Walsh, Republicans spar over pace of job growth, unemployment benefits
Republicans blamed jobless benefits for making it more appealing to stay home than to return to work
Labor Secretary Marty Walsh on Wednesday defended enhanced unemployment benefits against attacks from House Republicans, who said overly generous benefits have slowed job growth.
Industries that remain shuttered, lingering health fears and difficulty finding child care are likely driving reluctance to return to work, not unemployment benefits, Walsh said at a House Education and Labor Committee hearing.
“To regenerate and restart our economy, it’s going to take simply more than flipping a switch,” he said. “We’re seeing Americans every day, more and more go back to work.”
The U.S. economy added 559,000 jobs in May and 278,000 in April, according to the Bureau of Labor Statistics, falling short of expectations from economists. Republicans say the problem is that unemployment benefits are discouraging workers from returning to work even as many employers complain that they can't fill positions.
Twenty-five states are withdrawing early from enhanced federal unemployment benefits provided through relief legislation passed in March, saying the withdrawal will provide an incentive to take a job.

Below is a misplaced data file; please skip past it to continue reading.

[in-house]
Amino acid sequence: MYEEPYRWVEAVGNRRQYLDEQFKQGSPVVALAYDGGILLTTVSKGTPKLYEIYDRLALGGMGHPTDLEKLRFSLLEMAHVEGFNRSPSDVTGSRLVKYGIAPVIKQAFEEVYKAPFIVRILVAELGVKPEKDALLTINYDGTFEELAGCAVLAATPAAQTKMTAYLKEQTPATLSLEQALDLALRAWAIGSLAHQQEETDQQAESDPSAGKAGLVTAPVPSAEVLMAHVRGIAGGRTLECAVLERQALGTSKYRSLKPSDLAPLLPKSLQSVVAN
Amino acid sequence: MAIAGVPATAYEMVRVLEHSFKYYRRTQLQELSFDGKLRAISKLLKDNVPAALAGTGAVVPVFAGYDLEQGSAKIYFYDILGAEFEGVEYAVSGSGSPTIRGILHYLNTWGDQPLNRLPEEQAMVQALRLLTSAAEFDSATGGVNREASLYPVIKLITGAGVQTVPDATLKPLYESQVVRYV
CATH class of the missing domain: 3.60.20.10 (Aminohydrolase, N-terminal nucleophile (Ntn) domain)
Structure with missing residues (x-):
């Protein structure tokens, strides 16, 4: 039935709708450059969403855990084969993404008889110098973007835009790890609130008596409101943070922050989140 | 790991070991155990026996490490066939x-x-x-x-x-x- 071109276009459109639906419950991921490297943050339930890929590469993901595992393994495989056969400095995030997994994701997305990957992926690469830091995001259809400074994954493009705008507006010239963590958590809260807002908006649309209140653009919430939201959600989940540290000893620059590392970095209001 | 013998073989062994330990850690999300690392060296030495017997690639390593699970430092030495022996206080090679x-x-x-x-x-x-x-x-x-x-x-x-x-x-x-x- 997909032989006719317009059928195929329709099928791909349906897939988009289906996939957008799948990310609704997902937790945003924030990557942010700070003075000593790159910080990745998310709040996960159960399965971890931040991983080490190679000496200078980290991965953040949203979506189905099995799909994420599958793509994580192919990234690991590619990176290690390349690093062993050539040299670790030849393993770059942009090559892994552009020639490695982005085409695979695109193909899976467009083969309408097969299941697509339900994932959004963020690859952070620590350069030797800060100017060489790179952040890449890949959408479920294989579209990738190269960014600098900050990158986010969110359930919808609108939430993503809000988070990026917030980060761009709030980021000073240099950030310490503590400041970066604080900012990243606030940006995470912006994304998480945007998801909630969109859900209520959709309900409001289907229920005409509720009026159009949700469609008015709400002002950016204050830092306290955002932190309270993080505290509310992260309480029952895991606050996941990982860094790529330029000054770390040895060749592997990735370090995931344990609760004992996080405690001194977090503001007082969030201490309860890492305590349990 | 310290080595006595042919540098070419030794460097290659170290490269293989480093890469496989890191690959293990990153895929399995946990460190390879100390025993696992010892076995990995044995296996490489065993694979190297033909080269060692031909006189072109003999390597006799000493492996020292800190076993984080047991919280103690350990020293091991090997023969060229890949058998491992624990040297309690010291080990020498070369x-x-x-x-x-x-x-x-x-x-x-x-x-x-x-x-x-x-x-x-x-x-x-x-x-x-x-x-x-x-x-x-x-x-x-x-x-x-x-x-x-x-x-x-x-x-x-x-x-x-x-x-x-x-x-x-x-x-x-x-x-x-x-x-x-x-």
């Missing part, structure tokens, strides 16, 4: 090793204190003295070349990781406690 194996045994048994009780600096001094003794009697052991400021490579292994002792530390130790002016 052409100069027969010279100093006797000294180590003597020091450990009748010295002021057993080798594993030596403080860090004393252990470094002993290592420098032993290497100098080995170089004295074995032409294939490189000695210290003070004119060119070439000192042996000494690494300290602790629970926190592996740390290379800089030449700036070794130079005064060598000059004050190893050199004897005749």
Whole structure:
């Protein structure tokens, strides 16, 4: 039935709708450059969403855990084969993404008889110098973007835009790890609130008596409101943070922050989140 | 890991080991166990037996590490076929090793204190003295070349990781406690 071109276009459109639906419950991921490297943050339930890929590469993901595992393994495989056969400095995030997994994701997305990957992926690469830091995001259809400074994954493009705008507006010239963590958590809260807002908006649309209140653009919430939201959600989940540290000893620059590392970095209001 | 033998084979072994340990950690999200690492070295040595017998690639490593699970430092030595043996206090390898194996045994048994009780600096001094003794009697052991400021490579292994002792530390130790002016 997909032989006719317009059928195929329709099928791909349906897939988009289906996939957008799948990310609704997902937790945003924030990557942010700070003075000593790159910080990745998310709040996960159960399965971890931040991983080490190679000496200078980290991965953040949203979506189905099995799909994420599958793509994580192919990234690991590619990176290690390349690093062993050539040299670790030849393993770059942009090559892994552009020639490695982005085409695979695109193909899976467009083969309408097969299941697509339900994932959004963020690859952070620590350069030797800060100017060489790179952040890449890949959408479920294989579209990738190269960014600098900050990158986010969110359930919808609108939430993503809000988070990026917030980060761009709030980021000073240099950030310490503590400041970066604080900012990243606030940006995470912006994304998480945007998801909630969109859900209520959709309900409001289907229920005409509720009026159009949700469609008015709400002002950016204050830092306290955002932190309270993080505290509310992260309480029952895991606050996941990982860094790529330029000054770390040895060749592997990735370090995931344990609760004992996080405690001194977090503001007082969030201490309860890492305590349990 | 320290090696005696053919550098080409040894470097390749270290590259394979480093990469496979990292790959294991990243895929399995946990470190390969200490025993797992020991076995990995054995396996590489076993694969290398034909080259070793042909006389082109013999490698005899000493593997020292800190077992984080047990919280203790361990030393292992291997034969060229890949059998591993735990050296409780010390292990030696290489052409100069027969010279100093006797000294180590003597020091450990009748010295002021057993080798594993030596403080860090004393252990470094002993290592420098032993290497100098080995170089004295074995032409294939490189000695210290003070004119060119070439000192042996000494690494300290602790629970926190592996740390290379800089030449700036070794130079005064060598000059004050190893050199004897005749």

The committee's ranking member, Virginia Foxx, R-N.C., and other Republicans blamed overly generous benefits for making it more appealing to stay home than to return to work.
“Democrats wound up creating an incentive for healthy Americans to stay home,” Foxx said. “It is not our constituents’ fault. They're merely taking the better deal. Eight-hour shifts are pointless when one can collect a perversely large unemployment check from the government.”
Walsh defended the economy’s performance, saying the addition of jobs in the last four months, in particular gains in the hospitality industry, are encouraging signs.
He rejected a claim by Rep. Jim Banks, R-Ind., that restaurants in the congressman’s district closed permanently because they couldn’t find “workers to open their doors and operate the restaurants.”
“I'd be willing to bet that a lot of the restaurants in this country that have closed wasn't due to finding workers. It was due to the pandemic,” Walsh said, adding that restaurants lost customers and couldn't cover their overhead costs.
Walsh said a reluctance to return to work is more likely driven by vaccination rates.
“People still haven't been fully vaccinated. I think this is adding to peoples’ concern of going back to work. I think people are concerned about their health,” Walsh said. “I do not feel that the $300 bonus is keeping people out of work.”
Rep. Suzanne Bonamici, D-Ore., said high child care costs have also kept parents at home.
“I've had so many conversations with people who say, I want to go back to work, but I don't have affordable child care," Bonamici said. "So we need to solve that issue.”